thelonggame Wed 10-Feb-16 20:24:26

I have no experience of Cambridge, but Oxford don't have specific requirements at GCSE.
Have a look at both their websites, there is a lot of information available. It's even worth phoning up their admissions offices, they will be happy to discuss it with you. All the admissions depts are approachable and will answer questions.
If your DS is looking at sciences, as others have said Imperial is a better choice. My DD rejected Oxford for Imperial for Biology, and a friend the same for Chemistry.

EmpressofBlandings Sun 14-Feb-16 08:39:40

Hefzi, your statement that proportionally more state school than private school students get into Oxbridge is, I'm afraid, wrong. I wish it wasn't, but it is. At both Oxford and Cambridge, the split overall is roughly 50/50. As 7% of children in the UK are privately educated, that means a private school student is about 7 times more likely to get a place. I know because it's a slight (!!!!) hobbyhorse of mine and, as a Cambridge grad, I've written regularly to the VC and the Master of my old college about it, hypothecated donations, etc.

Sorry to derail, Kit. I would go along with PP saying a reasonable spread of subjects is good, but also, why not pick a college, pretty much at random, and contact the admissions officer?

disquit2 Sun 14-Feb-16 09:23:05

7% of children are educated privately, but the percentage is significantly higher amongst sixth formers and amongst those with top grades.

And then there is the issue of the child from a family with no history of higher education on full bursary at private school versus the child of an Oxbridge educated former prime minister at state school. Why should the latter be favoured over the former? Similarly what about children from top London state superselectives versus children from remote private schools (in areas where state schools have few high achievers, low Ofsted ratings). In many cases the former have had a lot more opportunities, and come from higher socio-economic backgrounds, than the latter.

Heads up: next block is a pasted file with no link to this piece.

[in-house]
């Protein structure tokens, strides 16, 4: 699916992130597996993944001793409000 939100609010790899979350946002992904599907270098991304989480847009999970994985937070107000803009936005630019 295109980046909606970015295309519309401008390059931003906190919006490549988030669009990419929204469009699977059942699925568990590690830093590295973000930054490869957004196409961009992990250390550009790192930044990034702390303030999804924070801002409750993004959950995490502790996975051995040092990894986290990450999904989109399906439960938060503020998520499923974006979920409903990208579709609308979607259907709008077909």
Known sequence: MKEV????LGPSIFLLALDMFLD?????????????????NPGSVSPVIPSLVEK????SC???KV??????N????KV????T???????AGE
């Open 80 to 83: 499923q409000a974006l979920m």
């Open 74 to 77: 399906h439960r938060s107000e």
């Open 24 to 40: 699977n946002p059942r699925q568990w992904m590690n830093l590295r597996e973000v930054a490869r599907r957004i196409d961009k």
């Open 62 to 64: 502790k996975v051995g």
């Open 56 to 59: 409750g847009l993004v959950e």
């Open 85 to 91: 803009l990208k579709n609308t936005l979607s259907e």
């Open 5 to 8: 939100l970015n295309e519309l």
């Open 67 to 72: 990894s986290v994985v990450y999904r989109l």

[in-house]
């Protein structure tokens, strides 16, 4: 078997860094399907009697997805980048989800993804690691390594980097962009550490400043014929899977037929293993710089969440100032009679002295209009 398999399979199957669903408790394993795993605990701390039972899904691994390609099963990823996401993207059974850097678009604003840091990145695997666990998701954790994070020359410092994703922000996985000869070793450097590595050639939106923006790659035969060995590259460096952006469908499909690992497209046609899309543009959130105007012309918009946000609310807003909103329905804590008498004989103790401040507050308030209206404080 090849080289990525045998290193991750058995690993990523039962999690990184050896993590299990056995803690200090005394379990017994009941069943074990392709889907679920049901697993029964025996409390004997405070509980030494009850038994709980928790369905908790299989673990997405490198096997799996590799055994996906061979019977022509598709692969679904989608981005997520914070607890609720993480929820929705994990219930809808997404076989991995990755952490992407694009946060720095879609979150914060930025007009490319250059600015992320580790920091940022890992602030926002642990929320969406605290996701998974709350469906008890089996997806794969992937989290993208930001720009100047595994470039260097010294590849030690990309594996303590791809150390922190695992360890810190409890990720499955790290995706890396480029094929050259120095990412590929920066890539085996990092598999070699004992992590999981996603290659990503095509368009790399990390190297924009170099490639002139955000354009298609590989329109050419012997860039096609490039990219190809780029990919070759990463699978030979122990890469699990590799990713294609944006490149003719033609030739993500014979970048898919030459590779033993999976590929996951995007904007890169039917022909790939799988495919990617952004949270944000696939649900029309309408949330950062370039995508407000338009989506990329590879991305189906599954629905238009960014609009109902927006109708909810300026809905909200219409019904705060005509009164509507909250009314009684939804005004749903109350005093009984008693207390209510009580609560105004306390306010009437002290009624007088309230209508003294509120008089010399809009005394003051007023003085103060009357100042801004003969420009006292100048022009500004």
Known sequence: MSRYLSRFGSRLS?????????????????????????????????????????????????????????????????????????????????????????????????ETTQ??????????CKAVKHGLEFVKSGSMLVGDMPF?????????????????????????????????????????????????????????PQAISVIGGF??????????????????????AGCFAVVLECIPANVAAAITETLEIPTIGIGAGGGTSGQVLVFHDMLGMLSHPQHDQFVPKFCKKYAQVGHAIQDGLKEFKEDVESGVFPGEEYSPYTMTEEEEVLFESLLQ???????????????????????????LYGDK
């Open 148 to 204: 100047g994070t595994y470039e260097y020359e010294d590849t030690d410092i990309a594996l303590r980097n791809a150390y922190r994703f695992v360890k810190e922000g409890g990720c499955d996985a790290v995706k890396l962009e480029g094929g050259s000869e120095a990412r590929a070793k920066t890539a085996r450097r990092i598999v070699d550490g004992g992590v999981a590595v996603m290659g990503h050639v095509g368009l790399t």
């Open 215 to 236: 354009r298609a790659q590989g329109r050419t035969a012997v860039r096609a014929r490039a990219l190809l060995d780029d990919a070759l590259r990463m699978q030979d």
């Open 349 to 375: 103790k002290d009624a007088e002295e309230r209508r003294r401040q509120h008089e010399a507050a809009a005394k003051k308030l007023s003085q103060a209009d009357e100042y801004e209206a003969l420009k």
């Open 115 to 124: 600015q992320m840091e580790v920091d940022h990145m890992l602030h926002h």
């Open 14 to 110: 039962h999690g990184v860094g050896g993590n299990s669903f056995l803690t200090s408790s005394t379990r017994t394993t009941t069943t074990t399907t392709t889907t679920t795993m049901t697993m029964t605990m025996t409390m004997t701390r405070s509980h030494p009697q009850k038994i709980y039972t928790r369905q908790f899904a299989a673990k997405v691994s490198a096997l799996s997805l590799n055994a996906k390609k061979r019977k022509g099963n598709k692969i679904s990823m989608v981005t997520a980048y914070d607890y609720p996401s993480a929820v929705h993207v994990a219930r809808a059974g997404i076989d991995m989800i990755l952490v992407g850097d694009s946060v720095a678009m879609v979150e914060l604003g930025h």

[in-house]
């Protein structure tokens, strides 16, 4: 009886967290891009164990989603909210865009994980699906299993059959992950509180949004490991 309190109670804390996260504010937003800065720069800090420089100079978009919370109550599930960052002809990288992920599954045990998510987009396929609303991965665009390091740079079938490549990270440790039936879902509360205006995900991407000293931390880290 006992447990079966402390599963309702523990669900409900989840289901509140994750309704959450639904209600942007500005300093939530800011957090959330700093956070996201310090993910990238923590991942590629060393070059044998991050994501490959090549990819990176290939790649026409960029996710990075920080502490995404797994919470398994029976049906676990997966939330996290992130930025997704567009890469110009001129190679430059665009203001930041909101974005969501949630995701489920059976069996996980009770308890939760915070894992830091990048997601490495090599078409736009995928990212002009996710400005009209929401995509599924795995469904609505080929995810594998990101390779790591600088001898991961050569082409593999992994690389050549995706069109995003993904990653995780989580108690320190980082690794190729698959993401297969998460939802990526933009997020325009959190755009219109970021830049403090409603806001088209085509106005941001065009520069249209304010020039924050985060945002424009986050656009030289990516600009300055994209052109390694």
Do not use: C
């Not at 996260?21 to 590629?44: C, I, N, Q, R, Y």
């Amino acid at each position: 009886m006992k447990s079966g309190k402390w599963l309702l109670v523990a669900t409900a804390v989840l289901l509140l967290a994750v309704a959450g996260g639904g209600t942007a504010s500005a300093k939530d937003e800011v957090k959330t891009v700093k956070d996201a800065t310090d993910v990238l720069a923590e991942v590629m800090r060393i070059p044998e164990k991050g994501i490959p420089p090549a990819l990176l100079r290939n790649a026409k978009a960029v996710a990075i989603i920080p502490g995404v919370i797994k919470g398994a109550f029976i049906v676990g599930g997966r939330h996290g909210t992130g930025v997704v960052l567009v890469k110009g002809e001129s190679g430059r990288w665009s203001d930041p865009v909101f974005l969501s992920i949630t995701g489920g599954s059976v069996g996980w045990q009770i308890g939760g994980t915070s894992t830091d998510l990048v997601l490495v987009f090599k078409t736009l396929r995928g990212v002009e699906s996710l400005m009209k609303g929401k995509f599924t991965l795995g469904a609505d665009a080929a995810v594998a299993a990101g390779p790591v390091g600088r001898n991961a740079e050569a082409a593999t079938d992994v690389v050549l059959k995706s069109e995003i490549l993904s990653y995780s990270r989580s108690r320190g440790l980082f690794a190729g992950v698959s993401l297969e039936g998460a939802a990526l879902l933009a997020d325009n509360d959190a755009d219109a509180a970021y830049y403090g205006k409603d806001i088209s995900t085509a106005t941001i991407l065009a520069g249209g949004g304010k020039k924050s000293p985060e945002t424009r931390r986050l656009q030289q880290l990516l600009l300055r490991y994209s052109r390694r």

If your DS is looking at sciences, as others have said Imperial is a better choice.

And your evidence is....? Do Imperial consistently outperform the Oxbridge departments in league tables (research or otherwise)? Reject Oxbridge if you wish but it's a bit silly to pretend that it's worse when it is at or near the top of every type of league table of UK universities.


Artandco Sun 14-Feb-16 09:28:20

I think a language to a level rather than just gcse is much better if possible. Most languages can be easily self taught the majority at home so it's easy to have as an additional a level as very little coursework or additional work to be done. Watch foreign films, go to the country if possible, do a few hours at home each week self taught. Then at school lessons are only a few hrs if that a week in languages

TheGoldenApplesOfTheSun Sun 14-Feb-16 09:52:34

As someone who has actually been to study at Oxbridge I wanted to counter rojojo's comment that it's "not necessarily the best place to go". The courses are wide ranging - for the first couple of years - then you narrow down on what you want to do and end up with an accredited degree in Civil, Mechanical, Electrical or whatever you like. Warwick has a similar approach, not forcing kids to choose an engineering discipline before they experience the different areas. I think it's a great way for students who aren't sure about what they would like to do to find their way. And for what it's worth, I and lot of my classmates are working as engineers - not wankers bankers! Oh, and they don't really care about languages - certainly no need to take a language and o A lev l and waste time you could have been doing science or maths if interested to study Engineering. Much more important to also have evidence of extra curricular things you can talk about doing which show your interest in what you're applying to - eg take part in robotics competitions, religiously watch 'building the biggest', home electronics projects, etc...